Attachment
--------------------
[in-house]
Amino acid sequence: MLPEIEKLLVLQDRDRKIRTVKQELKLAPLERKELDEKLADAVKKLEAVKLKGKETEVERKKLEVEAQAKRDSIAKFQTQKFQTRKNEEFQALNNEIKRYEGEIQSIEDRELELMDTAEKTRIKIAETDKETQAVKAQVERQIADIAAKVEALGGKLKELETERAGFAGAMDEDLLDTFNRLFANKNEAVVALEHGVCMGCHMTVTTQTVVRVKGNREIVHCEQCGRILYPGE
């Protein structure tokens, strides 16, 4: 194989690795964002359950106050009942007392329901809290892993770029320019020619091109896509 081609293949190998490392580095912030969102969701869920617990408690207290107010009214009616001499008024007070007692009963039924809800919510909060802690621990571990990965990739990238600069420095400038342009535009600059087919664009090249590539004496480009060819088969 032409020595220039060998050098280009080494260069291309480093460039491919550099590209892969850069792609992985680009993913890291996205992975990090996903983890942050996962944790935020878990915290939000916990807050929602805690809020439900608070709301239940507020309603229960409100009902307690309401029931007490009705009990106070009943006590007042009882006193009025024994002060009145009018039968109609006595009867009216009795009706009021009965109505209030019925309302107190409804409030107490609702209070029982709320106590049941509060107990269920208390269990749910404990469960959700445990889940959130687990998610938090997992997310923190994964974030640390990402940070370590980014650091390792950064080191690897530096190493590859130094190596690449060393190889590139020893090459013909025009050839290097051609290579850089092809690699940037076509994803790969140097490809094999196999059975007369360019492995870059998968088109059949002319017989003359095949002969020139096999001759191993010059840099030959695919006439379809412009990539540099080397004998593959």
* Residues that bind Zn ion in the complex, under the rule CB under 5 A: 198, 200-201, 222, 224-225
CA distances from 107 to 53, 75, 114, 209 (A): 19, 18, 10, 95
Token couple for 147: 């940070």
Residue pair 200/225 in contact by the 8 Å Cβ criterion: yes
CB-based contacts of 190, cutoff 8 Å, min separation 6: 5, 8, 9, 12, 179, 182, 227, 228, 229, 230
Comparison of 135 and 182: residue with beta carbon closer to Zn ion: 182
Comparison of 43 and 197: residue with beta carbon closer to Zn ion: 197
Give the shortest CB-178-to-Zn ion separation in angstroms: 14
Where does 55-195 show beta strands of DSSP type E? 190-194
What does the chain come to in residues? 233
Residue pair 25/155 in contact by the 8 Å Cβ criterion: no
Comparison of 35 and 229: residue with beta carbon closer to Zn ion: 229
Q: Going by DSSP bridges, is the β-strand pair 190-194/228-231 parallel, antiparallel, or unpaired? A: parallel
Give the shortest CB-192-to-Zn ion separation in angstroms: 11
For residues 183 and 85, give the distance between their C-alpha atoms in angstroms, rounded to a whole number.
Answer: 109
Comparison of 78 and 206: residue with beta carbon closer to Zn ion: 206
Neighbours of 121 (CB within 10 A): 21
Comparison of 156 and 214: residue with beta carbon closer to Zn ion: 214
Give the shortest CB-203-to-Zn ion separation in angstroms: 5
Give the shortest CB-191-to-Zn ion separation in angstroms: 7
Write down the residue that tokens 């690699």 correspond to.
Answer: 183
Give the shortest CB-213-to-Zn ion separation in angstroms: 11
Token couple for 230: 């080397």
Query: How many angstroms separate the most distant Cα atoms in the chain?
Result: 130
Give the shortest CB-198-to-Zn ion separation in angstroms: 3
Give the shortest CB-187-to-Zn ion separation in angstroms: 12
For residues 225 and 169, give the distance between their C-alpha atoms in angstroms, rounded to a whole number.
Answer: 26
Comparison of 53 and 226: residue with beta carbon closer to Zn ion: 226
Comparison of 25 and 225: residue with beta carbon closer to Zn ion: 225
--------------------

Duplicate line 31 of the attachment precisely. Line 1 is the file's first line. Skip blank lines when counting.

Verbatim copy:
Give the shortest CB-198-to-Zn ion separation in angstroms: 3